Tuesday, March 19, 2013


Alone in Mongolia

Nick Myers recently went to Mongolia.

Edith Zimmerman: Okay — Nick, how did you end up in Mongolia?

Nick Myers: I ended up in Mongolia after having spent a couple trips bumming around Korea with my then-boyfriend, and the prospect of hanging around in Seoul for three weeks for the third time in a calendar year was a bit depressing. So I did some research about places I could fly for the middle week or so of my trip without too much hassle (meaning direct flights or bust). I had originally narrowed down my options to Hanoi, Vietnam, Chengdu, China, or Almaty, Kazakhstan, crowdsourced on facebook for recommendations, and ultimately threw away all of my original ideas and bought a round trip ticket to Ulaanbaatar. I ended up choosing Mongolia because I have, for about as long as I can remember, been fascinated by it. Its remoteness, its history, its culture, etc. I think the pipe dream began when I was 8 or 9 and I saw a picture of Erdene Zuu Khiid Monastery.

What's your "regular" life like?

My regular life at the time was kind of in upheaval. I was finishing up a summer tenure at a major telecommunications firm before my final quarter of business school. These days I'm a smaller scale corporate lackey at a CPG consulting firm in Seattle. Most of the work I do involves manipulating snack food databases. I know more about pretzel thins than I care to. 

How did you get to Mongolia, and what did it cost?

I got there via Seoul. The flight was direct to Seoul from Seattle, and set me back $1100, and I bought my ticket to Mongolia with frequent flier miles. I think the flight would have cost me about $600 had I not used frequent flier miles. If I had had more time, I would have rather taken the first leg of the Trans-Siberian railroad from Beijing to Ulaanbaatar, but I guess I'll save that for next time.

What was the first and last thing you ate? The best and worst?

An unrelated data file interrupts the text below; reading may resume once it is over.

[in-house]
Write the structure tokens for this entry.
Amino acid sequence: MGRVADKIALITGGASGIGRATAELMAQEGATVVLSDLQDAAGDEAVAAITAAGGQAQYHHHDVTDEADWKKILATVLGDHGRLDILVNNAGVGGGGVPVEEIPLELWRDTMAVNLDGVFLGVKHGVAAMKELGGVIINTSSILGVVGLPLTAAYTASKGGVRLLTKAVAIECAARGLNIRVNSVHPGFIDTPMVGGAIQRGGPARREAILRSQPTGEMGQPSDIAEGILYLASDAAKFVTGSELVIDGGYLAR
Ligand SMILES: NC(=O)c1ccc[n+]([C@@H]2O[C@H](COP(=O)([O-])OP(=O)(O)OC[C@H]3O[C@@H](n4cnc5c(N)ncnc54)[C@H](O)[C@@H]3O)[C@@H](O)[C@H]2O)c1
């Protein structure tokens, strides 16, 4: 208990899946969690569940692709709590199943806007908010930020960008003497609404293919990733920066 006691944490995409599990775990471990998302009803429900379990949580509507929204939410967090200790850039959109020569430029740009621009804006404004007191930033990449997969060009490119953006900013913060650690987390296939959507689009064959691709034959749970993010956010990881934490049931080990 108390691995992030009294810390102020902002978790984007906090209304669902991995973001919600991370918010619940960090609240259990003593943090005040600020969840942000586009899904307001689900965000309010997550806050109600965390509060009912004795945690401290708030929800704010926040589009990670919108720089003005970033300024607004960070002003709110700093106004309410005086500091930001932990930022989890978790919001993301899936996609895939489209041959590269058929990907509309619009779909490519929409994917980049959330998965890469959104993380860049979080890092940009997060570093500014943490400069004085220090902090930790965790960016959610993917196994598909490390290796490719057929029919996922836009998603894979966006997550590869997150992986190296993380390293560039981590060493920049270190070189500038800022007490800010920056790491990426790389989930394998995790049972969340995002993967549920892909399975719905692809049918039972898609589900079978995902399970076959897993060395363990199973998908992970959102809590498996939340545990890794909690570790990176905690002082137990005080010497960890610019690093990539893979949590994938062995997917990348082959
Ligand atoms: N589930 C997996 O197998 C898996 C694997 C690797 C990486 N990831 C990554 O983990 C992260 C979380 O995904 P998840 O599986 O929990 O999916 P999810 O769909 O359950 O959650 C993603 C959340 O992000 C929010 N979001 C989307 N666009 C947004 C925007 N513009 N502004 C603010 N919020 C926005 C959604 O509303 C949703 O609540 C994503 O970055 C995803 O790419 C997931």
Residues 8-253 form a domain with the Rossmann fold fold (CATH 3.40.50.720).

The first thing I ate was this candy from a mini mart next to my hostel. It was amazing, milk chocolate on the outside, coconut creamy something on the inside. Kind of like a Mounds bar, but not quite as ... industrial? I found out later that the candy was actually Polish. Mongolia, as a formerly communist country, still has lots of strong ties with Eastern Bloc nations. The last thing I ate was a mutton dumpling from the Ulaanbaatar airport right before leaving. It was a poor choice. Food wasn't the main draw for me to go to Mongolia — there's a lot of meat (which I don't eat generally, but make a rule of eating anything presented to me when traveling), potatoes and root vegetables, and DAIRY. Lots of yogurt, cheese curds, etc., typically made from mare, goat, or sheep's milk. My favorite meal was, hands down, prepared by this family I met near Kharkhorin (about 4 hours south of Ulaanbaatar via jeep), the ancient capital of the Mongol empire, now a town of about 15,000. Nomadic families in Mongolia have a rich tradition of hospitality, and they welcomed me into their yurt for fermented mare's milk (yes, it's gross — I can only describe it as … viscous) and a carrot, mutton, and potato dish. It wasn't the taste of the food that made it the best, but rather the fact that this family would welcome a foreign stranger into their house, with no Mongolian language, for a meal. It was a spacey experience for sure, and completely discordant from any experience I've had in the states.